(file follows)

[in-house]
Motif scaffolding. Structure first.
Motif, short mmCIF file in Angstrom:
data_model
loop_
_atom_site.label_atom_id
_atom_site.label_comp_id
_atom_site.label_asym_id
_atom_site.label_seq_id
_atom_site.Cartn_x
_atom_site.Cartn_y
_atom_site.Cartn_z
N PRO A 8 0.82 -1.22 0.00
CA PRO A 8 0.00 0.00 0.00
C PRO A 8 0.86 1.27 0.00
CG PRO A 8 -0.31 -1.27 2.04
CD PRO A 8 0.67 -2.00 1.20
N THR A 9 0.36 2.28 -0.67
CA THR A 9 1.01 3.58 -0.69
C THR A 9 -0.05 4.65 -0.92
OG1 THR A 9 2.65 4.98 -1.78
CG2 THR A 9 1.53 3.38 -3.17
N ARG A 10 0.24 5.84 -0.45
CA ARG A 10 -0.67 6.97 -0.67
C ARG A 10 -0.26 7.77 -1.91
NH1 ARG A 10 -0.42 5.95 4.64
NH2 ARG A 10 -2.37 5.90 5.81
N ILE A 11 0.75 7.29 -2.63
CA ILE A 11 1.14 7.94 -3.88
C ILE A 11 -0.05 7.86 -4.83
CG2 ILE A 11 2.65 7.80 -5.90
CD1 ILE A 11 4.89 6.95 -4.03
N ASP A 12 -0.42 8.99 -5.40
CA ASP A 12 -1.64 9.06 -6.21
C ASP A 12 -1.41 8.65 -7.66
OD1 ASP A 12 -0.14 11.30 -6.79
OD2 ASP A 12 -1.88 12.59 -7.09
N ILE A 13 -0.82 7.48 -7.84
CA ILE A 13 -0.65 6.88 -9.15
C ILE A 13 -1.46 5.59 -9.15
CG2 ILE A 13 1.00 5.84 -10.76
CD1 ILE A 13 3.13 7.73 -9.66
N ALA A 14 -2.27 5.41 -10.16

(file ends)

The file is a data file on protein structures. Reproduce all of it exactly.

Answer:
[in-house]
Motif scaffolding. Structure first.
Motif, short mmCIF file in Angstrom:
data_model
loop_
_atom_site.label_atom_id
_atom_site.label_comp_id
_atom_site.label_asym_id
_atom_site.label_seq_id
_atom_site.Cartn_x
_atom_site.Cartn_y
_atom_site.Cartn_z
N PRO A 8 0.82 -1.22 0.00
CA PRO A 8 0.00 0.00 0.00
C PRO A 8 0.86 1.27 0.00
CG PRO A 8 -0.31 -1.27 2.04
CD PRO A 8 0.67 -2.00 1.20
N THR A 9 0.36 2.28 -0.67
CA THR A 9 1.01 3.58 -0.69
C THR A 9 -0.05 4.65 -0.92
OG1 THR A 9 2.65 4.98 -1.78
CG2 THR A 9 1.53 3.38 -3.17
N ARG A 10 0.24 5.84 -0.45
CA ARG A 10 -0.67 6.97 -0.67
C ARG A 10 -0.26 7.77 -1.91
NH1 ARG A 10 -0.42 5.95 4.64
NH2 ARG A 10 -2.37 5.90 5.81
N ILE A 11 0.75 7.29 -2.63
CA ILE A 11 1.14 7.94 -3.88
C ILE A 11 -0.05 7.86 -4.83
CG2 ILE A 11 2.65 7.80 -5.90
CD1 ILE A 11 4.89 6.95 -4.03
N ASP A 12 -0.42 8.99 -5.40
CA ASP A 12 -1.64 9.06 -6.21
C ASP A 12 -1.41 8.65 -7.66
OD1 ASP A 12 -0.14 11.30 -6.79
OD2 ASP A 12 -1.88 12.59 -7.09
N ILE A 13 -0.82 7.48 -7.84
CA ILE A 13 -0.65 6.88 -9.15
C ILE A 13 -1.46 5.59 -9.15
CG2 ILE A 13 1.00 5.84 -10.76
CD1 ILE A 13 3.13 7.73 -9.66
N ALA A 14 -2.27 5.41 -10.16